“You sure you can get the ground floor sensors offline?” I whispered.

“Of course.” English replied, his voice full of scorn. If anyone were to check back, it’ll look like there was a firmware upgrade applied, and that the sensors went off for 10 mins while the update went through. Switching them off… now.”

I reached into my bag.

“Right.” continued English. “If you get a thin blade and slide it…”

“Won’t work.” I said. “Deadbolts top and bottom.”

I know my way round a set of lockpicks, and looking at these doors, I’d be here until Christmas. And even then there would be no guarantee the the doors would give.

I delved in the bag again, and brought out a large sheet of sticky plastic film which I smoothed on the glass. Then with a diamond tipped scribe I marked the outline of the plastic several times and attached a vacuum operated floor tile lifter to the glass. I pulled a rubber hammer out of my bag and holding the tile lifter firmly with one hand, I looked away and struck the glass soundly with the hammer.

Nothing happened.

“A hammer?,” muttered a disembodied voice. “God, it’s like working with a philistine.”

I ignored the tetchy voice in my ear, scribed the glass a couple more times, and struck the panel again. This time I felt it give, and was almost pulled through the hole by the weight of the glass. I lowered it onto the ground beside the door and retrieved the lifter.

I was wearing gloves, and I fished around in my bag for a couple of what looked like large, elasticated slippers. Before I stepped into the house I knelt down and slipped them on. They fitted snugly over my shoes. Not only did they mean I didn’t leave footprints, but they also muffled my footsteps. Quite handy when you’re in someone else’s house at three in the morning.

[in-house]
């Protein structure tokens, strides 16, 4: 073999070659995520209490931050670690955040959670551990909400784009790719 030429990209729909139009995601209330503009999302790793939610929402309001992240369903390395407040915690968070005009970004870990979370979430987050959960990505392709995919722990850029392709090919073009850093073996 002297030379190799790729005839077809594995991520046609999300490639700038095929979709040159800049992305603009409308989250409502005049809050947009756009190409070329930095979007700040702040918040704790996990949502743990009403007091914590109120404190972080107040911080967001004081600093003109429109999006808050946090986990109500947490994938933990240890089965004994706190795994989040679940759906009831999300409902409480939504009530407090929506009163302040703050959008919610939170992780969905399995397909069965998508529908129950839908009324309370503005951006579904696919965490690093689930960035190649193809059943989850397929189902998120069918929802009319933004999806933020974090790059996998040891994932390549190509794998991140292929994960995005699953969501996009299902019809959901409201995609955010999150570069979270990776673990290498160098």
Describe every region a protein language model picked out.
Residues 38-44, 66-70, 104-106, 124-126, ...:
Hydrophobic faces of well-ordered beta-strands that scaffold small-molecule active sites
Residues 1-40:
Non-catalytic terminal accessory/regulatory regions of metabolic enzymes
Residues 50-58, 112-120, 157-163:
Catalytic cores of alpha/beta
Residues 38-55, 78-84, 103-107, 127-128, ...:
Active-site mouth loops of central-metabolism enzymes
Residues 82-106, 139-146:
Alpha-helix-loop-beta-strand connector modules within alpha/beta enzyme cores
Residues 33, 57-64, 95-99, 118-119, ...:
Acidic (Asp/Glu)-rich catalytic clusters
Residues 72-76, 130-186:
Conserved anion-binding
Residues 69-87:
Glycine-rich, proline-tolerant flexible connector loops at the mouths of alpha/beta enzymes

I pulled out a small pen torch from my coat and flashed it around the room quickly. I turned it off again. My eyes were getting accustomed to the dark, and I didn’t want to mess them up with too much light. Crossing the room, I put my hand on the door handle and listened, hard.


“Shut up!” I hissed, and English fell silent again.

I put my ear back to the door. It sounded quiet, so I slowly turned the handle and eased it open a fraction. I peered out into a big hallway which looked empty. I pulled the door open just enough to slip through and closed it behind me.

I could see a couple of the passive sensors high up near the ceiling. I checked my watch. Forty seconds since English had stymied them. I needed to get what I came for and be out in the next nine minutes and twenty seconds, otherwise things would get… awkward.

A metallic ticking from nearby made me stiffen, and I could hear my heart pounding. I looked round, but couldn’t see anything. The ticking came again and I realised it was a radiator cooling. I took a few precious seconds to catch my breath and started moving. I was heading for the study, two doors down and across the hall. There was a large Persian rug between me and it, and I made very sure to edge along the floorboards next to it, rather than put a foot on it. There were more than just ceiling mounted sensors in this house.

The slippers let me slide my feet along the polished floor, and I was quieter than that mouse that lived in a church. The one that won prizes. For being quiet.

I reached the study door and rested my hand on the doorknob. I listened at the door but couldn’t hear anything. Not surprising really. I wasn’t expecting to meet anyone in a dark study at three in the morning.